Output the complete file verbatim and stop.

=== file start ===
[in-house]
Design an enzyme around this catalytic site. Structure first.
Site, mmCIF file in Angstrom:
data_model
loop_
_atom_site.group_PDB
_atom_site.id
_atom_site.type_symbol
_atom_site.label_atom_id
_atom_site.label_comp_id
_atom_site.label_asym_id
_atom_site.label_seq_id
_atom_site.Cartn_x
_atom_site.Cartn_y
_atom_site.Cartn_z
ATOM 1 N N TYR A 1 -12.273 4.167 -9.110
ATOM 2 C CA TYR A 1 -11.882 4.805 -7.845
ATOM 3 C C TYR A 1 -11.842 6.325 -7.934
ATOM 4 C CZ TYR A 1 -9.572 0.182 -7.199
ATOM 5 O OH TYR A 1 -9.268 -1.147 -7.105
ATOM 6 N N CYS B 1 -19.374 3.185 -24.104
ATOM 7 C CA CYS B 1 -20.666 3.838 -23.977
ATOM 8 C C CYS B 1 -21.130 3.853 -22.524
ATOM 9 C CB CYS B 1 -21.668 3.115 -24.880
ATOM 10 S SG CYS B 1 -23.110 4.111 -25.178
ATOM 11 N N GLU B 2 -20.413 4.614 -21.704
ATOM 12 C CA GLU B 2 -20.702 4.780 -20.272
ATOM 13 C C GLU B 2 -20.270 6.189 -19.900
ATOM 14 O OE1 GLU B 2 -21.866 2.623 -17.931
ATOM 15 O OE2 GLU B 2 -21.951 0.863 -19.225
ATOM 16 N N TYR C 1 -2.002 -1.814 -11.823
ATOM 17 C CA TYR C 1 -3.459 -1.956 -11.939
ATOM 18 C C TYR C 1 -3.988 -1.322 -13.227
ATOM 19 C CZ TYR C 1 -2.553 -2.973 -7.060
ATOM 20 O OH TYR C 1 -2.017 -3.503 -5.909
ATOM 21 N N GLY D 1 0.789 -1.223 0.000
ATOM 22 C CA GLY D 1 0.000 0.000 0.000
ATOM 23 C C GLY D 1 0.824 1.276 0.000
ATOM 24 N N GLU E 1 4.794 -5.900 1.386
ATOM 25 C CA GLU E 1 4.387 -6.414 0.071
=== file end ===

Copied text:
[in-house]
Design an enzyme around this catalytic site. Structure first.
Site, mmCIF file in Angstrom:
data_model
loop_
_atom_site.group_PDB
_atom_site.id
_atom_site.type_symbol
_atom_site.label_atom_id
_atom_site.label_comp_id
_atom_site.label_asym_id
_atom_site.label_seq_id
_atom_site.Cartn_x
_atom_site.Cartn_y
_atom_site.Cartn_z
ATOM 1 N N TYR A 1 -12.273 4.167 -9.110
ATOM 2 C CA TYR A 1 -11.882 4.805 -7.845
ATOM 3 C C TYR A 1 -11.842 6.325 -7.934
ATOM 4 C CZ TYR A 1 -9.572 0.182 -7.199
ATOM 5 O OH TYR A 1 -9.268 -1.147 -7.105
ATOM 6 N N CYS B 1 -19.374 3.185 -24.104
ATOM 7 C CA CYS B 1 -20.666 3.838 -23.977
ATOM 8 C C CYS B 1 -21.130 3.853 -22.524
ATOM 9 C CB CYS B 1 -21.668 3.115 -24.880
ATOM 10 S SG CYS B 1 -23.110 4.111 -25.178
ATOM 11 N N GLU B 2 -20.413 4.614 -21.704
ATOM 12 C CA GLU B 2 -20.702 4.780 -20.272
ATOM 13 C C GLU B 2 -20.270 6.189 -19.900
ATOM 14 O OE1 GLU B 2 -21.866 2.623 -17.931
ATOM 15 O OE2 GLU B 2 -21.951 0.863 -19.225
ATOM 16 N N TYR C 1 -2.002 -1.814 -11.823
ATOM 17 C CA TYR C 1 -3.459 -1.956 -11.939
ATOM 18 C C TYR C 1 -3.988 -1.322 -13.227
ATOM 19 C CZ TYR C 1 -2.553 -2.973 -7.060
ATOM 20 O OH TYR C 1 -2.017 -3.503 -5.909
ATOM 21 N N GLY D 1 0.789 -1.223 0.000
ATOM 22 C CA GLY D 1 0.000 0.000 0.000
ATOM 23 C C GLY D 1 0.824 1.276 0.000
ATOM 24 N N GLU E 1 4.794 -5.900 1.386
ATOM 25 C CA GLU E 1 4.387 -6.414 0.071